Book Review: Rules of Attraction by Simone Elkeles

Rating: ⭐⭐⭐⭐
Book 2 in the Perfect Chemistry series

Summary

This book follows Carlos Fuentes as he adjusts to life in Colorado. He grew up in Chicago and most of his family is in Mexico, except for his brother in Colorado. His family hopes that the move will help him and his gang-leaning ways. At his new school, he finds himself attracted to Kiara, a blend-into-the-background sort of girl.

What I Liked

  • Sometimes it’s nice to pick up a young adult romance such as this. It flowed decently well and I was able to read it in a day or less. I love the predictability of romances sometimes, and this was no exception.
  • Some of the pranks the characters pull on each other are fun and creative. It was nice to see that as well.

What I Didn’t Like

  • The relationship moved crazy fast! I know this is fairly typical in romance novels, but this seemed a little extreme. At the very least, we didn’t see as much relationship building as you would expect.
  • Kiara didn’t have very much personality in the book. Her pranks were fun and quirky, and she definitely had her moments, but as a whole she was pretty unmemorable.
  • The ending seemed way too easy and quite unrealistic. Compared to the first book, this was a little disappointing.

In Conclusion

If you liked Perfect Chemistry (book 1) or if you’re a fan of books like Anna and the French Kiss, you’ll probably enjoy this one.

Find it on: Goodreads | Amazon (affiliate link)

(Affiliate Link)

1 year ago: Book Review: Scooby-Doo y el Monstruo de las Nieves (Scooby-Doo and the Snow Monster)

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Book Review: Will & Whit by Laura Lee Gulledge

Rating: ⭐⭐⭐⭐

Summary

This graphic novel follows Willhelmina (Will), a high school student who has to navigate part of her summer without electricity, thanks to the storm Whitney, which knocked out the power.

(“Storm”, in this case, actually means “storm”, like a thunderstorm or hurricane. When I first read the synopsis, I definitely thought Whitney was a person who “blew into” her life and messed it up. But no, Whitney is the name of a storm.)

What I Liked

  • “Poignant” is probably the best way to describe this graphic novel.
  • This reminded me of Letters to the Lost by Brigid Kemmerer. I saw this especially in Will’s use of a hobby to deal with loss. (Will’s hobby is building lamps out of found objects, which is really cool! Especially since this is a graphic novel and you get to see her inventions.)

My Favorite Lines/Pages

(This book didn’t have page numbers, so I don’t have those for you.)

  • “‘Reality might suck right now, but I guarantee things will change.’
    ‘How do you know?’
    ‘Because things always do.'”
  • “‘You know. You fake it ’til you make it.’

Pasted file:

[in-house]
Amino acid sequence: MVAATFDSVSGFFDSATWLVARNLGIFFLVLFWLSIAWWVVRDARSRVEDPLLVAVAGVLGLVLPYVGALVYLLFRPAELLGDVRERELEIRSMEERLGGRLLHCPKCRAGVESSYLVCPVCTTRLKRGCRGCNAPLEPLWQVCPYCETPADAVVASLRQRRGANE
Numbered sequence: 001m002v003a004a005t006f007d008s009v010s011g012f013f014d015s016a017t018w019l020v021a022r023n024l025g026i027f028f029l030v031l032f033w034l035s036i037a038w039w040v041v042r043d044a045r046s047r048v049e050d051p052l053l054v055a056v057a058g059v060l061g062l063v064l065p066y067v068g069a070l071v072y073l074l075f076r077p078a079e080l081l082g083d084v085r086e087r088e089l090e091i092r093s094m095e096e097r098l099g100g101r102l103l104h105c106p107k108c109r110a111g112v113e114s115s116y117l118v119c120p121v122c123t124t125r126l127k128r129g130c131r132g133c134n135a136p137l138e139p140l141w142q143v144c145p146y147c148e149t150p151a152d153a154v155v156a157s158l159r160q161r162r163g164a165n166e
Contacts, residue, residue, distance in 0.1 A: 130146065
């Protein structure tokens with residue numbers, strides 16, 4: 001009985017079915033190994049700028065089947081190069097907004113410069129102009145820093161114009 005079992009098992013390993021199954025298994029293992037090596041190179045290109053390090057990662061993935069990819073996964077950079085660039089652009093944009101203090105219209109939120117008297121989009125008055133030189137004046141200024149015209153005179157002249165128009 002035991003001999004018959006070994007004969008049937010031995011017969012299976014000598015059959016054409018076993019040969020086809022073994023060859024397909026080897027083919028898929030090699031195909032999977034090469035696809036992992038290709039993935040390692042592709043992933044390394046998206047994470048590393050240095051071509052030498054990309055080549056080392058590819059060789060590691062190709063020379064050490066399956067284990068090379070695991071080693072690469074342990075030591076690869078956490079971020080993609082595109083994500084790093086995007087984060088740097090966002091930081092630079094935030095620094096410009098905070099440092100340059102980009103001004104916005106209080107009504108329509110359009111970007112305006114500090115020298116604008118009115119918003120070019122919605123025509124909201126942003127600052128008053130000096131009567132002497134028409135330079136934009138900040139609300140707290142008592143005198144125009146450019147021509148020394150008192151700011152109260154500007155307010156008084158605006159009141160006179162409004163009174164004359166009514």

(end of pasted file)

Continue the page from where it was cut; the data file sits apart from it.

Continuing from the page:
‘So… Act the part until you become it?’
    ‘Yeah! If you always challenge yourself, you get used to being outside your comfort zone.’
    ‘Huh, that’s like being comfortable being uncomfortable.'”

What I Didn’t Like

  • Thanks to reading the synopsis beforehand, I was sort of expecting a girl named Whitney to show up. Turns out, Whitney is a storm, and Will is short for Willhelmina. I was just a tad confused for a bit. 😛

In Conclusion

If you are a fan of Letters to the Lost by Brigid Kemmerer, you’ll probably enjoy this book. It’s also great for anyone looking for a young adult graphic novel.

Find it on: Goodreads | Amazon (affiliate link)


1 year ago: Book Review: So You’ve Been Publicly Shamed by Jon Ronson

Can’t-Wait Wednesday

CAN'T

I got this idea from Wishful Endings who hosts a weekly link-up for books for which people are waiting. So here is a book that I can’t wait for!

Wildcard by Marie Lu

While I don’t think I loved Warcross as much as others did, I still enjoyed it enough that I have to find out what happens next! Wildcard is the next book in the series, and it’s expected to come out on September 18. I’m not reading much about the sequel so I don’t go in with weird expectations.

(affiliate link)

What books are you looking forward to reading?

❤️ Annette

1 year ago: Can’t-Wait Wednesday

Book Review: Page by Paige by Laura Lee Gullege

Rating: ⭐⭐⭐⭐⭐

Summary

This graphic novel follows high schooler Paige Turner as she works to push beyond her comfort zone – both as an artist and as a person. She’s just moved to New York and buys a sketchbook to challenge herself to be a better artist. Along the way she makes discoveries about herself and the world around her, and we (the readers) get to follow along.

What I Liked

  • I loved the art in this book. The comic itself is beautiful, but I love how the author incorporated a lot of out of the box ideas into the book. We see Paige’s story intertwined with fun sketches and ideas from her sketchbook. The author also includes artwork from a couple others, which pops out in a fun way because they are usually in a different style.